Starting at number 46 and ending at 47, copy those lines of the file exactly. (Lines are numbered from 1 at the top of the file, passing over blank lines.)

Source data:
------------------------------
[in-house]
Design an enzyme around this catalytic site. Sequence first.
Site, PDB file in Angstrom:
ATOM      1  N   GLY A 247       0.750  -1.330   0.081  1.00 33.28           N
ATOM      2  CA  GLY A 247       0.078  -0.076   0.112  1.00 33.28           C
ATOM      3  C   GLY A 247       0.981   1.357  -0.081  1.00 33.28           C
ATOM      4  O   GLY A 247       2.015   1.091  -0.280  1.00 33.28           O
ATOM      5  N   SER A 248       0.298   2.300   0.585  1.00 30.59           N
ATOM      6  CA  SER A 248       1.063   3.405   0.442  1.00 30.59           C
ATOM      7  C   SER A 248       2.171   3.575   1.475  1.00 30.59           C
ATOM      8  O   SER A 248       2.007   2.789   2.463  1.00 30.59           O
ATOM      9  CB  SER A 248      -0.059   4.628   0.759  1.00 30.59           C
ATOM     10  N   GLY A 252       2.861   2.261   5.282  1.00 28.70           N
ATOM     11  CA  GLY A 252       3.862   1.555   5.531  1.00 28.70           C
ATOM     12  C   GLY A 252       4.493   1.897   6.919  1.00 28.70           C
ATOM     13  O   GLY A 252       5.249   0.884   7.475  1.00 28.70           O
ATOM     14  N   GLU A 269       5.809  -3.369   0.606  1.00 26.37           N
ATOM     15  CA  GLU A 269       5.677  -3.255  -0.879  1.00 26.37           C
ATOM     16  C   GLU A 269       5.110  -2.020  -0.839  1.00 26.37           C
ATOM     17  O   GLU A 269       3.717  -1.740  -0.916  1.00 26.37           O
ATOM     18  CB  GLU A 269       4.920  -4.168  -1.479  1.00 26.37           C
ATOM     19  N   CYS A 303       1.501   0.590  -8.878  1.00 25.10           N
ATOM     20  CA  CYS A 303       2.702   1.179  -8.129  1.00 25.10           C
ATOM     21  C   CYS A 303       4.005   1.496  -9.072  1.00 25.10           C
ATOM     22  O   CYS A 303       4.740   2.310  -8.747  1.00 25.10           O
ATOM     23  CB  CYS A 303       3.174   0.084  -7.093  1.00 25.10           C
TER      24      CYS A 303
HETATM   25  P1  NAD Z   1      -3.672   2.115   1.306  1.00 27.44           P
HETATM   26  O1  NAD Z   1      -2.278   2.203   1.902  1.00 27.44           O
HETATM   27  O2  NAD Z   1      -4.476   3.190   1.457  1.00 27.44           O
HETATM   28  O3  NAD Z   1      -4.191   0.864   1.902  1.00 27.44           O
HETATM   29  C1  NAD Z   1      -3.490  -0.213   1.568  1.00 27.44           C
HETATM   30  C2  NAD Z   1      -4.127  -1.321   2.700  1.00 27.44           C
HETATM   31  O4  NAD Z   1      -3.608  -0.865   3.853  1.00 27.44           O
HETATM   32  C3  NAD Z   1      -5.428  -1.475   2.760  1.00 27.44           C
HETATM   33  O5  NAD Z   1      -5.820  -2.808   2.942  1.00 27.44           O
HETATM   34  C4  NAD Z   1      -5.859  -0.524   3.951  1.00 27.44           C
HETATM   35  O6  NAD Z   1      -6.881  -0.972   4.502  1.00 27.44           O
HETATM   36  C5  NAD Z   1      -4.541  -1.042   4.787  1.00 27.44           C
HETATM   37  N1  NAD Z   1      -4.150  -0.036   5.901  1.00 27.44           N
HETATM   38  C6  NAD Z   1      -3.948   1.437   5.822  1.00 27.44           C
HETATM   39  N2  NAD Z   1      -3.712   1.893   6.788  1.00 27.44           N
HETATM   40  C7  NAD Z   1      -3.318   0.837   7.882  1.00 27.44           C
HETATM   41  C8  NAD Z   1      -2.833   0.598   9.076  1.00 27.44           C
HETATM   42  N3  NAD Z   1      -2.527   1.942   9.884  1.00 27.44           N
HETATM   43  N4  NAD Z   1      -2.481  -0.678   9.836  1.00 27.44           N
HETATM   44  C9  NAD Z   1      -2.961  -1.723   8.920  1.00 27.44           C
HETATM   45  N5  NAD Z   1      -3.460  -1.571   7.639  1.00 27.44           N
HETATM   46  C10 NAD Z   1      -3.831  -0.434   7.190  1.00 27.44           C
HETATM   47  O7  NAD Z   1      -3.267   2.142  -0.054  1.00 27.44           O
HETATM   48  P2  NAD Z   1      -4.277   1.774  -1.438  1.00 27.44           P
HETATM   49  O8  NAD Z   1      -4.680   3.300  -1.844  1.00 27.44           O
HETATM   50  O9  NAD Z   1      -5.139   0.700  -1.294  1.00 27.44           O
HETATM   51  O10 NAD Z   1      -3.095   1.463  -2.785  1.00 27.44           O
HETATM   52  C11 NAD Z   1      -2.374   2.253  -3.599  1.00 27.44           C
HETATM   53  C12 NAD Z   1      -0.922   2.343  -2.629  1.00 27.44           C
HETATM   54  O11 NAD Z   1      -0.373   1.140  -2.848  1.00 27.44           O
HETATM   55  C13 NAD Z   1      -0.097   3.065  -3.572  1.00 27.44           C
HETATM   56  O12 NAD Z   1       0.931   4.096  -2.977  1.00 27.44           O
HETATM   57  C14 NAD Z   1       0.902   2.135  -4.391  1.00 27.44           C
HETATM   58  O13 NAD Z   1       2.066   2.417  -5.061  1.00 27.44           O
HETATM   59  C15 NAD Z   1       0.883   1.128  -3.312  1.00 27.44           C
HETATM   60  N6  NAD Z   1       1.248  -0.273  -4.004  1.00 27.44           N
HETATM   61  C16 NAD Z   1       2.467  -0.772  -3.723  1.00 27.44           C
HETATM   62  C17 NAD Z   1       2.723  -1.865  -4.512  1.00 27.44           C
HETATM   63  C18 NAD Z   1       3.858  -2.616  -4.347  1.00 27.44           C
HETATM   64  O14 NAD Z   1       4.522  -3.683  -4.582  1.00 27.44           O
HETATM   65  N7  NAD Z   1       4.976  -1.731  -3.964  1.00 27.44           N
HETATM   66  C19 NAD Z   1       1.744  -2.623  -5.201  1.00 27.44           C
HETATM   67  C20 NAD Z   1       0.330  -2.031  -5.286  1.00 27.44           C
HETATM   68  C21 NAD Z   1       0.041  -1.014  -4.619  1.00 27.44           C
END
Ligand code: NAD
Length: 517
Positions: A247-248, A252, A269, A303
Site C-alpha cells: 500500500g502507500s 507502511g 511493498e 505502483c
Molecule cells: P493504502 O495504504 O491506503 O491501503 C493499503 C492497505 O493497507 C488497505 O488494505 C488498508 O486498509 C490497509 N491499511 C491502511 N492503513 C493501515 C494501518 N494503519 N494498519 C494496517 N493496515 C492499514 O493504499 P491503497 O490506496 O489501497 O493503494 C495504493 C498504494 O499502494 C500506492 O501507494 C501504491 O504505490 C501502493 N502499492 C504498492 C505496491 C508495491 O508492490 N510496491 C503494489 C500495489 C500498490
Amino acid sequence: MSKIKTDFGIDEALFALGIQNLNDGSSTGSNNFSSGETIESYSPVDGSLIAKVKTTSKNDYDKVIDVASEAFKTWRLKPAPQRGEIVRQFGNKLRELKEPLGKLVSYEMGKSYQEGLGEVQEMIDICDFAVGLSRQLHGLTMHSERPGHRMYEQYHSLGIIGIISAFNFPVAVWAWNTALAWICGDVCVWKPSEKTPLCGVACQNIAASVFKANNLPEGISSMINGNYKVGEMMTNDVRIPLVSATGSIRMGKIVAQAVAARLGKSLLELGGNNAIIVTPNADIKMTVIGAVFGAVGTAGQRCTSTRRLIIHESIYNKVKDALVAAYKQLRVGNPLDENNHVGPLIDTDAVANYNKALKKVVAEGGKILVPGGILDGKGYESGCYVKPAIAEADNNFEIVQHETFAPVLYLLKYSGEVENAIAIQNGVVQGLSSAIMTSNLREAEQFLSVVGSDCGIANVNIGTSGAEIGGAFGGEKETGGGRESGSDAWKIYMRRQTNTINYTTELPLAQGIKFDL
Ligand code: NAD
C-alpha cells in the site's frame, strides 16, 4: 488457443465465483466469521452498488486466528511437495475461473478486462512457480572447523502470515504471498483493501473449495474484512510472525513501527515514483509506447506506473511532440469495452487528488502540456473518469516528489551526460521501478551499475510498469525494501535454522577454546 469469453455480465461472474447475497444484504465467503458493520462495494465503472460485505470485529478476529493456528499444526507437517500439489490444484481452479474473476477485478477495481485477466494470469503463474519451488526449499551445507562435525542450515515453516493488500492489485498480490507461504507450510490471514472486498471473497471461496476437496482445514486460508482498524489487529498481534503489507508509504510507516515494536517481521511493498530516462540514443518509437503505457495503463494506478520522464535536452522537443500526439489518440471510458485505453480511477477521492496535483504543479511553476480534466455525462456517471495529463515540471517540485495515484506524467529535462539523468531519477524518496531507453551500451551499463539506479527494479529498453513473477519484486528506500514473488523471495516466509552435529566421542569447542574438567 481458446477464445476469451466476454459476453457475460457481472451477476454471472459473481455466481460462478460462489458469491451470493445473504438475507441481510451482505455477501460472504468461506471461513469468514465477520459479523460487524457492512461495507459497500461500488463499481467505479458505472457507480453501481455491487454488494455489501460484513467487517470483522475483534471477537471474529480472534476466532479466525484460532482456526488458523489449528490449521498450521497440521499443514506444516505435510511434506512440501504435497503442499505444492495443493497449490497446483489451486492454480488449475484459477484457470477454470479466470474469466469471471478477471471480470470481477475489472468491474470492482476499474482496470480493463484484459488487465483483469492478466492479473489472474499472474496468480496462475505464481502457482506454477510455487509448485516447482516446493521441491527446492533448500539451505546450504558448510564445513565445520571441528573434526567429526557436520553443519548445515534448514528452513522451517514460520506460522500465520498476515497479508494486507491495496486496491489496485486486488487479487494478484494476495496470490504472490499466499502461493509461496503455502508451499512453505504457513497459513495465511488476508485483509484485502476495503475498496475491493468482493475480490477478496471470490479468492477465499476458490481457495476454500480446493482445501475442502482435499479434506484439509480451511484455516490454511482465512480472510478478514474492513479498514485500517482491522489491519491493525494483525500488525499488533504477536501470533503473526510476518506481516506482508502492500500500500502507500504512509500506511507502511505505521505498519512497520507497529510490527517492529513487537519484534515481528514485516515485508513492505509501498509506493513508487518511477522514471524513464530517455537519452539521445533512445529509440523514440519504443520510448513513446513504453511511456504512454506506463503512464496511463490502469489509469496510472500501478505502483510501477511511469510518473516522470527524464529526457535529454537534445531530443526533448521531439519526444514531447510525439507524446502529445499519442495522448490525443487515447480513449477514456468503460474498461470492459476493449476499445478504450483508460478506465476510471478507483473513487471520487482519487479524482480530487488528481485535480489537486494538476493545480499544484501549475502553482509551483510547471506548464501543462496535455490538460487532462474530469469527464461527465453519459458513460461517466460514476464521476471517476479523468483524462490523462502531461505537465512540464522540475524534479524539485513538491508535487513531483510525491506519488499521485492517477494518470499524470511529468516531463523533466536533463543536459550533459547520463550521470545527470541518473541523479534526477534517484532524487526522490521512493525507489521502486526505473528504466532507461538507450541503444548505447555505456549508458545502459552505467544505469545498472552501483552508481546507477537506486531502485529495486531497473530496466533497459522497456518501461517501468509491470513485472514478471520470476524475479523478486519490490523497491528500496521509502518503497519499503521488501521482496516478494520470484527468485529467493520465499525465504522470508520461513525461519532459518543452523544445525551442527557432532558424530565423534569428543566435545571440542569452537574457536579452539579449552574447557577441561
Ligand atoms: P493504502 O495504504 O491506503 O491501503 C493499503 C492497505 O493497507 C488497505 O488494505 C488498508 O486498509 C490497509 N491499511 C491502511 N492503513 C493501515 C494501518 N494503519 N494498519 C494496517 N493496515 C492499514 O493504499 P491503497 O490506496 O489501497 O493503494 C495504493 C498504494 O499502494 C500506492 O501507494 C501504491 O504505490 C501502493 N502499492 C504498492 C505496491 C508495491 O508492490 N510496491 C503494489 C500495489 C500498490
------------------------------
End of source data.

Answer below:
HETATM   43  N4  NAD Z   1      -2.481  -0.678   9.836  1.00 27.44           N
HETATM   44  C9  NAD Z   1      -2.961  -1.723   8.920  1.00 27.44           C